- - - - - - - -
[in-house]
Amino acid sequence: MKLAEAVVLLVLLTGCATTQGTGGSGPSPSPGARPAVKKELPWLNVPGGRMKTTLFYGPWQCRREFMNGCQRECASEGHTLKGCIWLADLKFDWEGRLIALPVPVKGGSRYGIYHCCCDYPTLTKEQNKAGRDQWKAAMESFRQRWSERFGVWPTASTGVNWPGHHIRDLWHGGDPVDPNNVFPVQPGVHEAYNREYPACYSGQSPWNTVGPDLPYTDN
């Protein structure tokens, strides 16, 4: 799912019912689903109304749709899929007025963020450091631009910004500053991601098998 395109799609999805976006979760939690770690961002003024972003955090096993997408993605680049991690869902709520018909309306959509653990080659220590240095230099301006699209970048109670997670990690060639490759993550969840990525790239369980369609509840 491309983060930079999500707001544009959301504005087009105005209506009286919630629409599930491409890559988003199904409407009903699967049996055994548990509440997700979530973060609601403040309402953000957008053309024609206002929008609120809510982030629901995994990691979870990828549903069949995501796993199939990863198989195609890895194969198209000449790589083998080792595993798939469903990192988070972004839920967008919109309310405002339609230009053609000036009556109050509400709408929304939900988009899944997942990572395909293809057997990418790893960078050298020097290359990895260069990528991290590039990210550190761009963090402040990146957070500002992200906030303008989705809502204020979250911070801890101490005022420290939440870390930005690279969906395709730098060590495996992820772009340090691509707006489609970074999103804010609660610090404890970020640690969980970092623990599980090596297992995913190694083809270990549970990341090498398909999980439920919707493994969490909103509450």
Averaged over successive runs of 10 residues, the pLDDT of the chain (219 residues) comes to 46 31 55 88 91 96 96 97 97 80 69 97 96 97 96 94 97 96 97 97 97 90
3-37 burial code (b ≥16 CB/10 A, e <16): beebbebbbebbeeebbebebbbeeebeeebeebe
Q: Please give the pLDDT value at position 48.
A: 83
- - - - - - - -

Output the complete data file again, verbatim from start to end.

[in-house]
Amino acid sequence: MKLAEAVVLLVLLTGCATTQGTGGSGPSPSPGARPAVKKELPWLNVPGGRMKTTLFYGPWQCRREFMNGCQRECASEGHTLKGCIWLADLKFDWEGRLIALPVPVKGGSRYGIYHCCCDYPTLTKEQNKAGRDQWKAAMESFRQRWSERFGVWPTASTGVNWPGHHIRDLWHGGDPVDPNNVFPVQPGVHEAYNREYPACYSGQSPWNTVGPDLPYTDN
């Protein structure tokens, strides 16, 4: 799912019912689903109304749709899929007025963020450091631009910004500053991601098998 395109799609999805976006979760939690770690961002003024972003955090096993997408993605680049991690869902709520018909309306959509653990080659220590240095230099301006699209970048109670997670990690060639490759993550969840990525790239369980369609509840 491309983060930079999500707001544009959301504005087009105005209506009286919630629409599930491409890559988003199904409407009903699967049996055994548990509440997700979530973060609601403040309402953000957008053309024609206002929008609120809510982030629901995994990691979870990828549903069949995501796993199939990863198989195609890895194969198209000449790589083998080792595993798939469903990192988070972004839920967008919109309310405002339609230009053609000036009556109050509400709408929304939900988009899944997942990572395909293809057997990418790893960078050298020097290359990895260069990528991290590039990210550190761009963090402040990146957070500002992200906030303008989705809502204020979250911070801890101490005022420290939440870390930005690279969906395709730098060590495996992820772009340090691509707006489609970074999103804010609660610090404890970020640690969980970092623990599980090596297992995913190694083809270990549970990341090498398909999980439920919707493994969490909103509450």
Averaged over successive runs of 10 residues, the pLDDT of the chain (219 residues) comes to 46 31 55 88 91 96 96 97 97 80 69 97 96 97 96 94 97 96 97 97 97 90
3-37 burial code (b ≥16 CB/10 A, e <16): beebbebbbebbeeebbebebbbeeebeeebeebe
Q: Please give the pLDDT value at position 48.
A: 83